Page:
Wednesday, August 12, 2009

A US water conflict: Atlanta vs rural Georgia vs Florida

Created by the completion of a dam in 1956 Lake Sidney Lanier is a reservoir in the northern part of Georgia, USA. Just north of Atlanta it now supplies this city with about three fourths of its tap water. Now as water is less abundant and Atlanta has grown huge a two decade dispute over use of the reservoir water is heating up. A recent court ruling has taken authority from the Army Corps of Engineers to congress.

Atlanta is accused of being "overdeveloped", downstream farmers fear their crops will thirst and wilt, Florida is being blamed on their poor "environmental history". Could get interesting.

According to Robert Glennon, Professor of Law and Public Policy at University of Arizona this is far from a unique dispute. From press info on his most recent book:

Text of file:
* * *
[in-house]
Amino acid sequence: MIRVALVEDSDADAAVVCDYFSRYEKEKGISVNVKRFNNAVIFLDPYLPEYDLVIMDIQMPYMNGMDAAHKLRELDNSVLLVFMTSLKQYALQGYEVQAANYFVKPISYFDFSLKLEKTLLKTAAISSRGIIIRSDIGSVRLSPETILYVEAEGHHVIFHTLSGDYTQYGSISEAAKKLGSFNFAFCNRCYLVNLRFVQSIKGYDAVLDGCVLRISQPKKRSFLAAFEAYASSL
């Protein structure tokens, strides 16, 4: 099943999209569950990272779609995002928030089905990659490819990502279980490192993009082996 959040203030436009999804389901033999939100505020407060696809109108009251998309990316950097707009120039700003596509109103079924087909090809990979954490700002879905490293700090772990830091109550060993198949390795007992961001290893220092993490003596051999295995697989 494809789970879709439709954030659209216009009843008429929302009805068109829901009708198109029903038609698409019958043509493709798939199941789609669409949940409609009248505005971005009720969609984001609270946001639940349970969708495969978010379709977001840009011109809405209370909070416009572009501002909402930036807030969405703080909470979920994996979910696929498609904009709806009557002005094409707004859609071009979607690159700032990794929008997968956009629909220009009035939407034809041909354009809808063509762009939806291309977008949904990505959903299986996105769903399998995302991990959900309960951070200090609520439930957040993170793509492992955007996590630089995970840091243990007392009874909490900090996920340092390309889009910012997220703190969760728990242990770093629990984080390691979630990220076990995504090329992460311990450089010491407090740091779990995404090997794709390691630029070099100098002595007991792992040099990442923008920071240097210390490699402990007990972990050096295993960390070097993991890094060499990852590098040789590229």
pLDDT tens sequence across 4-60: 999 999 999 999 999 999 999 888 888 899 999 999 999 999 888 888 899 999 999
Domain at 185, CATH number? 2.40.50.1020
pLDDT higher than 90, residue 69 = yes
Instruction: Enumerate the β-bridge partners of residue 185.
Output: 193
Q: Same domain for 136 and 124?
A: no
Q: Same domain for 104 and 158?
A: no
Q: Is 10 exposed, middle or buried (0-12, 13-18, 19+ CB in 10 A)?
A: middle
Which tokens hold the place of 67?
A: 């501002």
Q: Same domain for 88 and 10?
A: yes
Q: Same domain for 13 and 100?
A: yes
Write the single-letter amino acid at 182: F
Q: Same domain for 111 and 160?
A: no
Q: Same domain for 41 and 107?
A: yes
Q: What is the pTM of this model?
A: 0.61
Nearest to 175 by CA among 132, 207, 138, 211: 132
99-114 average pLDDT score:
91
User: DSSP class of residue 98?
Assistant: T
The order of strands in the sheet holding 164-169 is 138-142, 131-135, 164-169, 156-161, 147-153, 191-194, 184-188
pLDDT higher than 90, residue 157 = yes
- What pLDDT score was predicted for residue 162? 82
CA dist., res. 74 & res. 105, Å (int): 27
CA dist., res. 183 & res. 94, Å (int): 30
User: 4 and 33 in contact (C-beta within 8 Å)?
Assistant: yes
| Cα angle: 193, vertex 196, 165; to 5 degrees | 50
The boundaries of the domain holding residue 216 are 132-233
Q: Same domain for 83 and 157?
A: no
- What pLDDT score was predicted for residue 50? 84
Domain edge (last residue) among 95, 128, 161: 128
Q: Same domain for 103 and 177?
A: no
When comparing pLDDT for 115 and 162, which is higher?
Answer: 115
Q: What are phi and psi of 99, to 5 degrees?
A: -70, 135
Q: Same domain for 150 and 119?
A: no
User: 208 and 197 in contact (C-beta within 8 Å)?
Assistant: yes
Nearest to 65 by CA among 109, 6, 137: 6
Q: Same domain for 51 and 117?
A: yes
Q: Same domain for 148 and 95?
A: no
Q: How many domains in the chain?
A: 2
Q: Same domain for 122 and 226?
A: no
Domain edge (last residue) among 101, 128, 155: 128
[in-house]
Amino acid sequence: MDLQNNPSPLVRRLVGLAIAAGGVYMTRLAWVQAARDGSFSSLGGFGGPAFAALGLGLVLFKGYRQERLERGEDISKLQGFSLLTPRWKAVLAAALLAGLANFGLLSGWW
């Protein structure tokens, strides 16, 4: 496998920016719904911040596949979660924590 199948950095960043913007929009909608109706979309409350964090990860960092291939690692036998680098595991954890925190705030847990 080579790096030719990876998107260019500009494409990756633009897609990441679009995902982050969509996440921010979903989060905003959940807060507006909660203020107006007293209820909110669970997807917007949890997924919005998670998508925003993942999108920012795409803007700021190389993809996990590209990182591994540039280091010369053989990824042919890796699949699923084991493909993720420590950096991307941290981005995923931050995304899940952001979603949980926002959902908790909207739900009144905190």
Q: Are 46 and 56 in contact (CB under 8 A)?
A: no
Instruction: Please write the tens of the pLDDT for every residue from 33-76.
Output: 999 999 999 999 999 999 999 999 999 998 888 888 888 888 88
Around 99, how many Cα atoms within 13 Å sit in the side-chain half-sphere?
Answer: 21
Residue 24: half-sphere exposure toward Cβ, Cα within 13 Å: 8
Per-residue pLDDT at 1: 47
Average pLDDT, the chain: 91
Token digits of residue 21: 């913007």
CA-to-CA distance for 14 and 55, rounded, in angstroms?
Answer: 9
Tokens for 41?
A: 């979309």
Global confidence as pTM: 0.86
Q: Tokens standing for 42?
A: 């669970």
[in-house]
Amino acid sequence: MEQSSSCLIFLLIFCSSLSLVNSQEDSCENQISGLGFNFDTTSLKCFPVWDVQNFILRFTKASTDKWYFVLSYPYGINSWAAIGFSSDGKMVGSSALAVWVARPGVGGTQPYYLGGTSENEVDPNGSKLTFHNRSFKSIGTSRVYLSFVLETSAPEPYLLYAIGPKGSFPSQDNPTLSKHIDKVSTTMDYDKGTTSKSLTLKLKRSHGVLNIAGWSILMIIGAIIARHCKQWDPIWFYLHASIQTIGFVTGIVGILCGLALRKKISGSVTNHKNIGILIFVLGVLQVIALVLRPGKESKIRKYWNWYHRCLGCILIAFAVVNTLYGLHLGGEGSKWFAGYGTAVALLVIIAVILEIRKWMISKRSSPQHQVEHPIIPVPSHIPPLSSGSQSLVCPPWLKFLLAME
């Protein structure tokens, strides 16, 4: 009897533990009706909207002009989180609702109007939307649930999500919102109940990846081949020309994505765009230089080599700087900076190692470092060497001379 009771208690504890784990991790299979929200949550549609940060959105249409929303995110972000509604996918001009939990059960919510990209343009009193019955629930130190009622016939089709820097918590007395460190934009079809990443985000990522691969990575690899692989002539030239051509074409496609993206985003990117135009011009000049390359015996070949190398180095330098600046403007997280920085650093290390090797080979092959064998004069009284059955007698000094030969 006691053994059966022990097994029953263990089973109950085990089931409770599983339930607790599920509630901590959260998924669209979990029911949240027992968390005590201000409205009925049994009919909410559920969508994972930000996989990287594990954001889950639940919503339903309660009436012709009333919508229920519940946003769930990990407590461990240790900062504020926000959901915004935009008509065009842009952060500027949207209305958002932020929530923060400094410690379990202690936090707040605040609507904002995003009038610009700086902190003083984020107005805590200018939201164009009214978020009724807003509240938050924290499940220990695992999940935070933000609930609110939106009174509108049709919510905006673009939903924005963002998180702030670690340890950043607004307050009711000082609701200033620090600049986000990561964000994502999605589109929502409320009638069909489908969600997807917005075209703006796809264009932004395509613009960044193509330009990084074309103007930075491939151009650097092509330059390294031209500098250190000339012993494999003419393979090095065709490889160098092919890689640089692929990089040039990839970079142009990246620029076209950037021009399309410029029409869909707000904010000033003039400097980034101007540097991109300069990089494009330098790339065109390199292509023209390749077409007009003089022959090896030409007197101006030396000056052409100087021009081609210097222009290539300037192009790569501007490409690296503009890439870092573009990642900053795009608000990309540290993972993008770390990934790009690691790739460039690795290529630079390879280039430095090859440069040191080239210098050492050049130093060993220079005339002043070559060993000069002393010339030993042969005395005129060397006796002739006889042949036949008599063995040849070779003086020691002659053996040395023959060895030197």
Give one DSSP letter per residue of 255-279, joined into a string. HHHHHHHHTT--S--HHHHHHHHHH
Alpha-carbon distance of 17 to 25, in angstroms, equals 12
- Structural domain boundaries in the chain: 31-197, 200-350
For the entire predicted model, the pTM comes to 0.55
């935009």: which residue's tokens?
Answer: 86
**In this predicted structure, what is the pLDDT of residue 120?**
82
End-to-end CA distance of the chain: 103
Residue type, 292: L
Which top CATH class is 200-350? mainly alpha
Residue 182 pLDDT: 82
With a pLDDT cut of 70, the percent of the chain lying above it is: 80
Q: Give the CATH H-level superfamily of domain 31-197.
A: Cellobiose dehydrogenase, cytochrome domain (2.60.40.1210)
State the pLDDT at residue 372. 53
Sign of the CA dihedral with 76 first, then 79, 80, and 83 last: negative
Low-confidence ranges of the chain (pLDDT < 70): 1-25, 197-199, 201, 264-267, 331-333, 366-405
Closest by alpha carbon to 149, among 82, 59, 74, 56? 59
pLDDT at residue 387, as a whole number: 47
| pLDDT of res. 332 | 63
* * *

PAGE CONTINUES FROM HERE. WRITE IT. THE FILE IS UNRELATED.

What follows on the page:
The looming catastrophe remains hidden as government diverts supplies from one area to another to keep water flowing from the tap. But sooner rather than later, the shell game has to end. And when it does, shortages will threaten not only the environment, but every aspect of American life: we face shuttered power plants and jobless workers, decimated fi sheries and contaminated drinking water.

(My added emphasis.) July 16, 2009 Professor Glennon was on The Daily Show:

Sources: Lake Lanier at Wikipedia, Federal judge sends water war to Congress, Judge rules against Atlanta regional water wars, Daily Show this Thurs: Can Jon Stewart make the water crisis funny?.


  1. Water war or water diplomacy?
    "When Georgia Governor Sonny Perdue threatened to play hardball with Florida and Alabama over this issue he made it clear that fair play was not part of his DNA. He is determined to look after his own constituents and if non-Georgians are harmed, so be it. We should expect more from our state leaders."


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